In the wee hours of the morning, Sam woke up
to discover that she was laying on a hard, cold stone floor.
Why couldn’t it have been just another dream? she pleaded to no one in particular. Why couldn’t I have just
woken up safe and warm in my nice British bed? Why am I here? But this time, there was nobody near to
answer her thoughts. She was utterly alone in the dark and the cold. Better get moving.
Sam lay on the floor until her eyes adjusted
to the darkness and then made her way to the barely discernable
exit across the room. It was a dangerous journey filled with steep, winding stairs and narrow passages that
suddenly ended, but Sam finally found her way to the castle’s main entrance as false dawn spread acoss the sky
in shades of pink and gray. She looked at the large wooden doors in front of her and wondered how she was
going to get out. Sam wanted to find her way out of the Labyrinth--just the opposite of her mother’s journey,
“Say,” a voice interrupted from near the gate, “aren’t you the Lady Samona?”
Sam tensed, wondering just what Jareth had
been telling these goblins of his. Lady Samona? What bullshit!
It was time to set the record straight.
“Nope, I’m just plain ol’ Sam. Now, how about opening this door for me, please?”
“Oh. Okay, then. No problem. Be just a minute.”
Sam was relieved that the goblin hadn’t questioned
her further. She really didn’t like to lie, especially to those
who were only doing their jobs.
The door swung open with a rusty squeak and
Sam went through it, just managing to restrain herself from
looking back at Jareth’s castle. Before her was the chaotic mass of the Goblin city. Little stone buildings in an
array of shapes and colors pointed to the sky like bony fingers in the pre-dawn light. Sam shuddered, both at
the thought and the early morning dampness. She was clothed only in a pair of close-fitted tan chinos and pale
pink linen blouse with short sleeves. Her white leather oxfords and belt did much for her simple outfit, but
nothing to lessen the chill. I am dressed for a British June afternoon of sightseeing, not for tramping about a
Goblin City at sunrise, Sam thought acerbically.
Nonetheless, she made her way through the city
with only a few curious glances directed her way. It seemed
that goblins liked the morning even less than she did, because she didn’t see many besides the gateman until the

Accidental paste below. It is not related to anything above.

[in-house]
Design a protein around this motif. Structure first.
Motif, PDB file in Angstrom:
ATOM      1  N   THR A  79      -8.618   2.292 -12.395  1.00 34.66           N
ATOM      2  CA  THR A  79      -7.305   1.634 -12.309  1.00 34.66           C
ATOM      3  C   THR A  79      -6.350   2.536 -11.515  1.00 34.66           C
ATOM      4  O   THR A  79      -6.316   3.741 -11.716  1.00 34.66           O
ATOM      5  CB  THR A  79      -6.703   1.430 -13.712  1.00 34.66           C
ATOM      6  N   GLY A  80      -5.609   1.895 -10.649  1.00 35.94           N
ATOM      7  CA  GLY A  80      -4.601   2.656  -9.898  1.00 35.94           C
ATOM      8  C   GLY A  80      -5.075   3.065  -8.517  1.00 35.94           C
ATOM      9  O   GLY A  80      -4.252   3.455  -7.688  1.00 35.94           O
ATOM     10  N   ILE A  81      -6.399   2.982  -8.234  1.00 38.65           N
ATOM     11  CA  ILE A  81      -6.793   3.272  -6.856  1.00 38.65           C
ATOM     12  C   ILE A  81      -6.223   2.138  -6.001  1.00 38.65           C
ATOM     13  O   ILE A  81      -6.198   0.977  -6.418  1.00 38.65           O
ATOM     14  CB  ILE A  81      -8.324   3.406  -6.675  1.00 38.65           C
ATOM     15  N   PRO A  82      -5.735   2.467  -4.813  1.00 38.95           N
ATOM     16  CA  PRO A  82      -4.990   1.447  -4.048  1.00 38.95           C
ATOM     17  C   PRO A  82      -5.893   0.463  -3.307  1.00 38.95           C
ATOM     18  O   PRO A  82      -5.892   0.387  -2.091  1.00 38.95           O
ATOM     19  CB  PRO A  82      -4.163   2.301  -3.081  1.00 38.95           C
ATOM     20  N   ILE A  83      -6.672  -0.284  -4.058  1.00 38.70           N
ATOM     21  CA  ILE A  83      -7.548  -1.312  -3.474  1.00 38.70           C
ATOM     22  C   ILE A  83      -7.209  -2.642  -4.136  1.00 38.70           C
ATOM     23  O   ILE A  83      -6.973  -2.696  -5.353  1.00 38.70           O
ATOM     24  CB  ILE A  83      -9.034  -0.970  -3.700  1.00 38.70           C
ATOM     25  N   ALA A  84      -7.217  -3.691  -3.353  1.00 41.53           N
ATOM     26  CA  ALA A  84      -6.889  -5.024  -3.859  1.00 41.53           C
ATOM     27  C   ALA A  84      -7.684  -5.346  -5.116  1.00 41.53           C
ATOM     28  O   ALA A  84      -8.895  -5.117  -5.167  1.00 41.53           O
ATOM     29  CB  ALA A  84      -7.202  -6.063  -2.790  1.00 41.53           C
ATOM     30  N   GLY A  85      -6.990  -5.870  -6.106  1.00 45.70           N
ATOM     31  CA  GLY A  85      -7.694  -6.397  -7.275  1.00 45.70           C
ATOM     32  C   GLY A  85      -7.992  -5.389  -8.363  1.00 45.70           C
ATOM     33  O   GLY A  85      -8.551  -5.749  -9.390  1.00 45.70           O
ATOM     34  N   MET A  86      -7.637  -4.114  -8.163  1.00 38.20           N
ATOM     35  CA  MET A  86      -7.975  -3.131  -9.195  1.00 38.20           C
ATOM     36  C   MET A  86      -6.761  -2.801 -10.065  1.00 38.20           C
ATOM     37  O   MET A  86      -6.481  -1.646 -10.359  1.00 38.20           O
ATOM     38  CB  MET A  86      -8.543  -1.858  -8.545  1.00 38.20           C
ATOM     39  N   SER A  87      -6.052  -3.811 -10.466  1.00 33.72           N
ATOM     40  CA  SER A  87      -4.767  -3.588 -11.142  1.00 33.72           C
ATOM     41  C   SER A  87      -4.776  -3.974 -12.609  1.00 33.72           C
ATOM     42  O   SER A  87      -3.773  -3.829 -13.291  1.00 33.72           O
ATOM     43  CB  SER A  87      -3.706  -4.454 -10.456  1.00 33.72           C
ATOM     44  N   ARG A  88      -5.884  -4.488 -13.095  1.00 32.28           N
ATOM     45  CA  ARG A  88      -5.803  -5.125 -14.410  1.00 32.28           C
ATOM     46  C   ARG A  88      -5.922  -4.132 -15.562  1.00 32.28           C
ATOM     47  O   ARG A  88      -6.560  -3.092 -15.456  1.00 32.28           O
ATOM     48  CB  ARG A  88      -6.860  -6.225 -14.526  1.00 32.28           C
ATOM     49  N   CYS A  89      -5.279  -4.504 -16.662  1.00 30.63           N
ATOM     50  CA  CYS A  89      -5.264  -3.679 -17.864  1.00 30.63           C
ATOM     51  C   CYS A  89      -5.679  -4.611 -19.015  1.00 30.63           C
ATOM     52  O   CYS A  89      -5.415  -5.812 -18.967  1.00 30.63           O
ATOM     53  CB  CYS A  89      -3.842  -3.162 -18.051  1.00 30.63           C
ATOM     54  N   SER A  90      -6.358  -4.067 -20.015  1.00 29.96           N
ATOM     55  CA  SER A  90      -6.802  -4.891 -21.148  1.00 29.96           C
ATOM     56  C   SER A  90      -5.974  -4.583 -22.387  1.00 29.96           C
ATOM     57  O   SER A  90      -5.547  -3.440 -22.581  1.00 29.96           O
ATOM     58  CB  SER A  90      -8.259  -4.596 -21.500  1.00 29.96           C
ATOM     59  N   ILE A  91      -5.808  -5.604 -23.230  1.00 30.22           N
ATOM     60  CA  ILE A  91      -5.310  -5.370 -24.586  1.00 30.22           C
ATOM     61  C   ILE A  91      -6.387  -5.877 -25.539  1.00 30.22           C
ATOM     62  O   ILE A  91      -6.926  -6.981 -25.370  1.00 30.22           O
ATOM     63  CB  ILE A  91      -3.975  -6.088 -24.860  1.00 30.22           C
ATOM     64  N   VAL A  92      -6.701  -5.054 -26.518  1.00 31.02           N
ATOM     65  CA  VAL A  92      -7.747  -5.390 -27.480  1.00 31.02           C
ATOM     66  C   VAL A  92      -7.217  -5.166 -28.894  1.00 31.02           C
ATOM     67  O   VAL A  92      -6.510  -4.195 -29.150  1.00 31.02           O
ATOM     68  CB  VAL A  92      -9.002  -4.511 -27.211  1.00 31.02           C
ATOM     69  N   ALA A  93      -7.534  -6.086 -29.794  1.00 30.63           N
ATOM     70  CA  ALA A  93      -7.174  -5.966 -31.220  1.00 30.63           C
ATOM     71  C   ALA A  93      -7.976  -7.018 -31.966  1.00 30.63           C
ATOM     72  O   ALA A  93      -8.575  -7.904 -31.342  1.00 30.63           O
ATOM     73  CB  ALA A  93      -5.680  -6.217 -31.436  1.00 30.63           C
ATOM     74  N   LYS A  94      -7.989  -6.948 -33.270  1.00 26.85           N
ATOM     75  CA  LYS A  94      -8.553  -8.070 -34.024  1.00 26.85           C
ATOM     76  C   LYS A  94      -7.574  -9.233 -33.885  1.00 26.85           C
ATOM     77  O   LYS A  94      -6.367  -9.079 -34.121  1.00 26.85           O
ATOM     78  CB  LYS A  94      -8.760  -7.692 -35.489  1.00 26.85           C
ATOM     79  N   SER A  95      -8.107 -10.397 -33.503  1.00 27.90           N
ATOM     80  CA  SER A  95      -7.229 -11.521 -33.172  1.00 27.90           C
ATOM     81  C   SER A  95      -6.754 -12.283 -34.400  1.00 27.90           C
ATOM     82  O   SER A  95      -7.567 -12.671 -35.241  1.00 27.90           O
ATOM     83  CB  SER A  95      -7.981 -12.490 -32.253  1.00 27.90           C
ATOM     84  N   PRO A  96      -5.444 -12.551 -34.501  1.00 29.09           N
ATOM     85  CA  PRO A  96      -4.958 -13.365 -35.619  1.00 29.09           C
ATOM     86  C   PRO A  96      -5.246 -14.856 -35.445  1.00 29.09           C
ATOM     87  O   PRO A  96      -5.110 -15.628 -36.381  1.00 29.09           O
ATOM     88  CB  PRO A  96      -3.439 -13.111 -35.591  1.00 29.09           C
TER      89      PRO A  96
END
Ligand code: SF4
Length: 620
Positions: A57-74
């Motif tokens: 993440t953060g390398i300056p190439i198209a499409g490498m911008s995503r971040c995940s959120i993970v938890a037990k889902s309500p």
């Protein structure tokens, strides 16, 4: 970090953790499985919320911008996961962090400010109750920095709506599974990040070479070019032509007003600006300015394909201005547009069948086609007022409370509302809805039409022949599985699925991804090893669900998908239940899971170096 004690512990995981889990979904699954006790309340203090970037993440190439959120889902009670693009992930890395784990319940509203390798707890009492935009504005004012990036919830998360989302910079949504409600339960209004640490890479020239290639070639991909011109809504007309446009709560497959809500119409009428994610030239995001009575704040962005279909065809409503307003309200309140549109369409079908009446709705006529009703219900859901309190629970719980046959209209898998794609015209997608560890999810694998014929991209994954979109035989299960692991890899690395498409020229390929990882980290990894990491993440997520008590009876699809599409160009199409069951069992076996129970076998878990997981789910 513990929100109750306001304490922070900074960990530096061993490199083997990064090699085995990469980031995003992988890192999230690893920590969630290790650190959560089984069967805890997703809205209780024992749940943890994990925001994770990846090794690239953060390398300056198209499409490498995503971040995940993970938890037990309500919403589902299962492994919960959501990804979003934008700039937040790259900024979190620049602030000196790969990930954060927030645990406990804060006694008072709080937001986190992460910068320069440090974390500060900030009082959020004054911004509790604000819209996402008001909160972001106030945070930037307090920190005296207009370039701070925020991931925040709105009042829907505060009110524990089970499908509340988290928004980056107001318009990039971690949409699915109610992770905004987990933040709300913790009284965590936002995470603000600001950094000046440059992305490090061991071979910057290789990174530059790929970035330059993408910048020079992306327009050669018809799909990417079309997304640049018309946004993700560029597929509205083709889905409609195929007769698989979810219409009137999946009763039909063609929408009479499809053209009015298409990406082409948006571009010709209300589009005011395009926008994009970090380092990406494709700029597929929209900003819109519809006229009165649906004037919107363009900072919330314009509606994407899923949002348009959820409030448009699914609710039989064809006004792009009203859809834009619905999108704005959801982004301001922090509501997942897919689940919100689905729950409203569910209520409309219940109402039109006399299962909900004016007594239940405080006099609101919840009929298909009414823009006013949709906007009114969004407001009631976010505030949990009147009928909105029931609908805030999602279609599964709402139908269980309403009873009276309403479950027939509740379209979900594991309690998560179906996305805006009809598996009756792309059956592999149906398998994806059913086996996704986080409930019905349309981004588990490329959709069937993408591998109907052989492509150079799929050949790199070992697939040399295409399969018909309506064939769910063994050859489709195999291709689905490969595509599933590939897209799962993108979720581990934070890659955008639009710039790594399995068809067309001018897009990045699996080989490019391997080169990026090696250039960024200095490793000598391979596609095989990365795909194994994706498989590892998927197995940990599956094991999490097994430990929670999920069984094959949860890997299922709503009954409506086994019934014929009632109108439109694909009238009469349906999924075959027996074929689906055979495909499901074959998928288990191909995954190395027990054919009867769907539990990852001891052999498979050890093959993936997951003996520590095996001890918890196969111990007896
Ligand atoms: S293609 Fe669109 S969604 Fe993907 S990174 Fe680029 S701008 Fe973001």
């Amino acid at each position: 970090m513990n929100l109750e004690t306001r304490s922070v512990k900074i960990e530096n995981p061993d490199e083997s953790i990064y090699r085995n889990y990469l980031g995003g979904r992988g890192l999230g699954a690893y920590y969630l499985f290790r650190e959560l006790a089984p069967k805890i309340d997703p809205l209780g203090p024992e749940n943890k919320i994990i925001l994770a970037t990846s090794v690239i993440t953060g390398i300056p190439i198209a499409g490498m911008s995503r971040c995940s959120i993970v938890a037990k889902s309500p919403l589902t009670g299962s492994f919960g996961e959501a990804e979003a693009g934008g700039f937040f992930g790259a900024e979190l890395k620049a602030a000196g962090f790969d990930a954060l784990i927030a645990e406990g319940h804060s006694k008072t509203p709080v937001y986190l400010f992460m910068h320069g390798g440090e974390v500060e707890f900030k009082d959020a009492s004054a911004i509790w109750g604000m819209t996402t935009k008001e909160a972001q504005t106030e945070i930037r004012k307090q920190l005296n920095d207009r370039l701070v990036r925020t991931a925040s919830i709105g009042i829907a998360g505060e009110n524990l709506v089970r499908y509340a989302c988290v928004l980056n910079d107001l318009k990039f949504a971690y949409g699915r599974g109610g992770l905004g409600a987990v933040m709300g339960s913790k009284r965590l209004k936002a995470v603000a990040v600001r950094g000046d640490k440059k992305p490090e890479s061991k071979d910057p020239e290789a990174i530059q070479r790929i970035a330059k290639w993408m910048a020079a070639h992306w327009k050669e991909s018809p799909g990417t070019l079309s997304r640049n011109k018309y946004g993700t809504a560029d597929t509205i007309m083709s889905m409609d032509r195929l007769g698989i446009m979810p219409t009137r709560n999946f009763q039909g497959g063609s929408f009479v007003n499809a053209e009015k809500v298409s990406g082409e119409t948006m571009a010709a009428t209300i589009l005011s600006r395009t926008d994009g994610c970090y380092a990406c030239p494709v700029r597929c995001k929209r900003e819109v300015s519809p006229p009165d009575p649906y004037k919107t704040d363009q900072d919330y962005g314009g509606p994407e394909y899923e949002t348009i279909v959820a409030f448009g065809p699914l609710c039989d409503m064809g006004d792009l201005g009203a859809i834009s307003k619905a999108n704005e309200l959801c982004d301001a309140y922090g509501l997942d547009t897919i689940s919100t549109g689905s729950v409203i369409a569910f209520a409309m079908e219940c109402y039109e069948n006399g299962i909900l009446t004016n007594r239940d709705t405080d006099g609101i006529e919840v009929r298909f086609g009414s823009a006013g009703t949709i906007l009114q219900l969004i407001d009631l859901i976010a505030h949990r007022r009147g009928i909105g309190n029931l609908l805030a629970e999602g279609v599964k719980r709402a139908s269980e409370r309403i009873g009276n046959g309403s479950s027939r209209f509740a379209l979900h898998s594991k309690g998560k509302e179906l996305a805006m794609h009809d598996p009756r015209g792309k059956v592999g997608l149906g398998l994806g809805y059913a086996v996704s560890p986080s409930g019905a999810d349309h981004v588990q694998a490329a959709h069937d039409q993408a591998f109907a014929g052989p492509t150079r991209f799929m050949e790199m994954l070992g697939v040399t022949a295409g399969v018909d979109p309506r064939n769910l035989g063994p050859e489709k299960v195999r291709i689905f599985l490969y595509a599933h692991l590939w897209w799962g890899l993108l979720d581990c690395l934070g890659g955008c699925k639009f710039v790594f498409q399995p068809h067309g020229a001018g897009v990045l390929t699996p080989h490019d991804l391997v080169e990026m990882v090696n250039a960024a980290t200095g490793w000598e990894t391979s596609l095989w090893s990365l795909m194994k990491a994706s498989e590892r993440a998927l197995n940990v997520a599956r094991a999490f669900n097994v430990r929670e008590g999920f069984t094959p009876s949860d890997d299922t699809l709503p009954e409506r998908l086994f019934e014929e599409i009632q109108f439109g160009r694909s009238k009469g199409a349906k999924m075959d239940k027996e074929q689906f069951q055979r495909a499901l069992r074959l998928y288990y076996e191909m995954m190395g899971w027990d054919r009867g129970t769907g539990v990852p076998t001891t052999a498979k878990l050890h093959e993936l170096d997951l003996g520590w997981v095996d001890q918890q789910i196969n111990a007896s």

sun was well above the horizon. By then, however, Sam was at the edge of the Goblin City, waiting patiently
for a young dwarf in a blue leather jacket to open the gate for her.
“Are you really going out there?” he enquired with a touch of doubt.
“I am” Sam affirmed without hesitation.
“I want to go home, and to do that I have to find a way out of this
“Well, good luck, miss. But if you need
any help, just look for my father. He knows this Labyrinth better
than Jareth himself. His name is Hoggle. I’m Hoddle, by the way.”
“Thank you, and goodbye, Hoddle.” Sam
smiled and waved. Then she turned and walked through the gate
and into the sprawling Labyrinth.
Jareth stared into the crystal balancing on
his black-gloved fingertips and smiled. He hoped that the Labyrinth
and it’s creatures would help Sam heal. He’d let her spend the night in his empty one-room tower so she could
be alone, but he had worried that she might catch a cold and become sick. It seems that her resistance is quite
strong. Both to illness and to me! he thought humorously. But, she was on her own now. He would only
interfere if she asked it of him.
“Stewart,” he said to the goblin at the door, “tell that dwarf Hoggle to watch her.”
“Yes, milord,” he acknowledged then vanished before Jareth could blink again.
Jareth paced the length of his study, hands
clasped tightly behind his back. He thought about how well and how
little he knew Samona. He had known her mother well, and had been great friends with her towards the end of
her time on Earth. When she died, Jareth had been tempted to bring Samona back to the Labyrinth where she
belonged, but Sarah had absolutely forbidden it. She wanted her daughter to make her own way in the world.
And if the time came when Samona could no longer stand her native land, then and only then could Jareth
intervene. And that time had come. Samona may not accept it, or even know it yet, but she no longer
belonged in the mundane world. Her powers and imagination had long outgrown those of most other humans.
Not to mention what tragedy, violence and alcohol had done to her mind and body over the years. No, Jareth
did not regret his decision to bring Samona home, he only regretted the promise that had left her to suffer for so
long on Earth. But she was his now, and he would never let her go.
Maze Eternal finale